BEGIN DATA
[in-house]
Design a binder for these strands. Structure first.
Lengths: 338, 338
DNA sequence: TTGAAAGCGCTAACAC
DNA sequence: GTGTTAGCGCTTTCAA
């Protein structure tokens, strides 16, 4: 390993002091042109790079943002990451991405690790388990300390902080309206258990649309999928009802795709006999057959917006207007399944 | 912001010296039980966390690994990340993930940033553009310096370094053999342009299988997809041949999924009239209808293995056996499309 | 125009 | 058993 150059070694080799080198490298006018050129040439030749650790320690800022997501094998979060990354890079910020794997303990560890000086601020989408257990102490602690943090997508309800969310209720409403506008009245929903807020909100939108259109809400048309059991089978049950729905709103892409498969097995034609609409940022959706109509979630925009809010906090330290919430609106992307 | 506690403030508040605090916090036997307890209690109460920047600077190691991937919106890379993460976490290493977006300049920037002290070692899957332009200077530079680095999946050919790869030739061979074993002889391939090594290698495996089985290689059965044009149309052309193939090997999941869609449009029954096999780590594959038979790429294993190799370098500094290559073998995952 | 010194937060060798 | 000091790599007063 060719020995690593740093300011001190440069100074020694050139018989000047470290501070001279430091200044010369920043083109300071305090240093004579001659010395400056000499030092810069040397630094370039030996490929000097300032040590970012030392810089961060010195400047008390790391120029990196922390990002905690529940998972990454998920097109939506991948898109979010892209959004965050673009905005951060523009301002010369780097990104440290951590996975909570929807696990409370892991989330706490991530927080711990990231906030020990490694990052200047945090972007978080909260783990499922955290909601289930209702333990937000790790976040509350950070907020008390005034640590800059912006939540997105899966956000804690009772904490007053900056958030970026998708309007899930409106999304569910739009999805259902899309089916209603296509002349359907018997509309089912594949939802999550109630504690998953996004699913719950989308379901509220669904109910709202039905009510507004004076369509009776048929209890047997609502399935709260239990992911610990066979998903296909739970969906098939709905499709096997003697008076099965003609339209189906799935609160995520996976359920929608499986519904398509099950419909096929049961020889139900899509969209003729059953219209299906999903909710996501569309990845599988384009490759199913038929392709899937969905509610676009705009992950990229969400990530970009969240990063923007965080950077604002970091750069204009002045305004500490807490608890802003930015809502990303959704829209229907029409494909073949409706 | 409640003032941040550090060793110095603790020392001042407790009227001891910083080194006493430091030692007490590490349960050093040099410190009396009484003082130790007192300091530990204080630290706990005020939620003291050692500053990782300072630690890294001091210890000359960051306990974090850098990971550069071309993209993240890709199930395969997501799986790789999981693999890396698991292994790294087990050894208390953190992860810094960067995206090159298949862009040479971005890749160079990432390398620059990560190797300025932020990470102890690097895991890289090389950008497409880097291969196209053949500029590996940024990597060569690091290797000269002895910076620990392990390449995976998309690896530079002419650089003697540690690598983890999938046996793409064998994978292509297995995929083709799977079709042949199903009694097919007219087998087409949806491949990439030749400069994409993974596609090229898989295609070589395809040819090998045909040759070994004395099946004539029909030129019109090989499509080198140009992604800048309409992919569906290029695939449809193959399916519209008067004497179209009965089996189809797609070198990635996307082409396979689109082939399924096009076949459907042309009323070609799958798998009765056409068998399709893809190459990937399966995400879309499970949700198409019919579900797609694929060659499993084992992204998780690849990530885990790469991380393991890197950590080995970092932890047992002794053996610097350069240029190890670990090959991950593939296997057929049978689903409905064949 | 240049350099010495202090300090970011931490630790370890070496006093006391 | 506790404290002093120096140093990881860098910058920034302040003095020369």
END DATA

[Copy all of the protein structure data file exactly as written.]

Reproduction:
[in-house]
Design a binder for these strands. Structure first.
Lengths: 338, 338
DNA sequence: TTGAAAGCGCTAACAC
DNA sequence: GTGTTAGCGCTTTCAA
């Protein structure tokens, strides 16, 4: 390993002091042109790079943002990451991405690790388990300390902080309206258990649309999928009802795709006999057959917006207007399944 | 912001010296039980966390690994990340993930940033553009310096370094053999342009299988997809041949999924009239209808293995056996499309 | 125009 | 058993 150059070694080799080198490298006018050129040439030749650790320690800022997501094998979060990354890079910020794997303990560890000086601020989408257990102490602690943090997508309800969310209720409403506008009245929903807020909100939108259109809400048309059991089978049950729905709103892409498969097995034609609409940022959706109509979630925009809010906090330290919430609106992307 | 506690403030508040605090916090036997307890209690109460920047600077190691991937919106890379993460976490290493977006300049920037002290070692899957332009200077530079680095999946050919790869030739061979074993002889391939090594290698495996089985290689059965044009149309052309193939090997999941869609449009029954096999780590594959038979790429294993190799370098500094290559073998995952 | 010194937060060798 | 000091790599007063 060719020995690593740093300011001190440069100074020694050139018989000047470290501070001279430091200044010369920043083109300071305090240093004579001659010395400056000499030092810069040397630094370039030996490929000097300032040590970012030392810089961060010195400047008390790391120029990196922390990002905690529940998972990454998920097109939506991948898109979010892209959004965050673009905005951060523009301002010369780097990104440290951590996975909570929807696990409370892991989330706490991530927080711990990231906030020990490694990052200047945090972007978080909260783990499922955290909601289930209702333990937000790790976040509350950070907020008390005034640590800059912006939540997105899966956000804690009772904490007053900056958030970026998708309007899930409106999304569910739009999805259902899309089916209603296509002349359907018997509309089912594949939802999550109630504690998953996004699913719950989308379901509220669904109910709202039905009510507004004076369509009776048929209890047997609502399935709260239990992911610990066979998903296909739970969906098939709905499709096997003697008076099965003609339209189906799935609160995520996976359920929608499986519904398509099950419909096929049961020889139900899509969209003729059953219209299906999903909710996501569309990845599988384009490759199913038929392709899937969905509610676009705009992950990229969400990530970009969240990063923007965080950077604002970091750069204009002045305004500490807490608890802003930015809502990303959704829209229907029409494909073949409706 | 409640003032941040550090060793110095603790020392001042407790009227001891910083080194006493430091030692007490590490349960050093040099410190009396009484003082130790007192300091530990204080630290706990005020939620003291050692500053990782300072630690890294001091210890000359960051306990974090850098990971550069071309993209993240890709199930395969997501799986790789999981693999890396698991292994790294087990050894208390953190992860810094960067995206090159298949862009040479971005890749160079990432390398620059990560190797300025932020990470102890690097895991890289090389950008497409880097291969196209053949500029590996940024990597060569690091290797000269002895910076620990392990390449995976998309690896530079002419650089003697540690690598983890999938046996793409064998994978292509297995995929083709799977079709042949199903009694097919007219087998087409949806491949990439030749400069994409993974596609090229898989295609070589395809040819090998045909040759070994004395099946004539029909030129019109090989499509080198140009992604800048309409992919569906290029695939449809193959399916519209008067004497179209009965089996189809797609070198990635996307082409396979689109082939399924096009076949459907042309009323070609799958798998009765056409068998399709893809190459990937399966995400879309499970949700198409019919579900797609694929060659499993084992992204998780690849990530885990790469991380393991890197950590080995970092932890047992002794053996610097350069240029190890670990090959991950593939296997057929049978689903409905064949 | 240049350099010495202090300090970011931490630790370890070496006093006391 | 506790404290002093120096140093990881860098910058920034302040003095020369």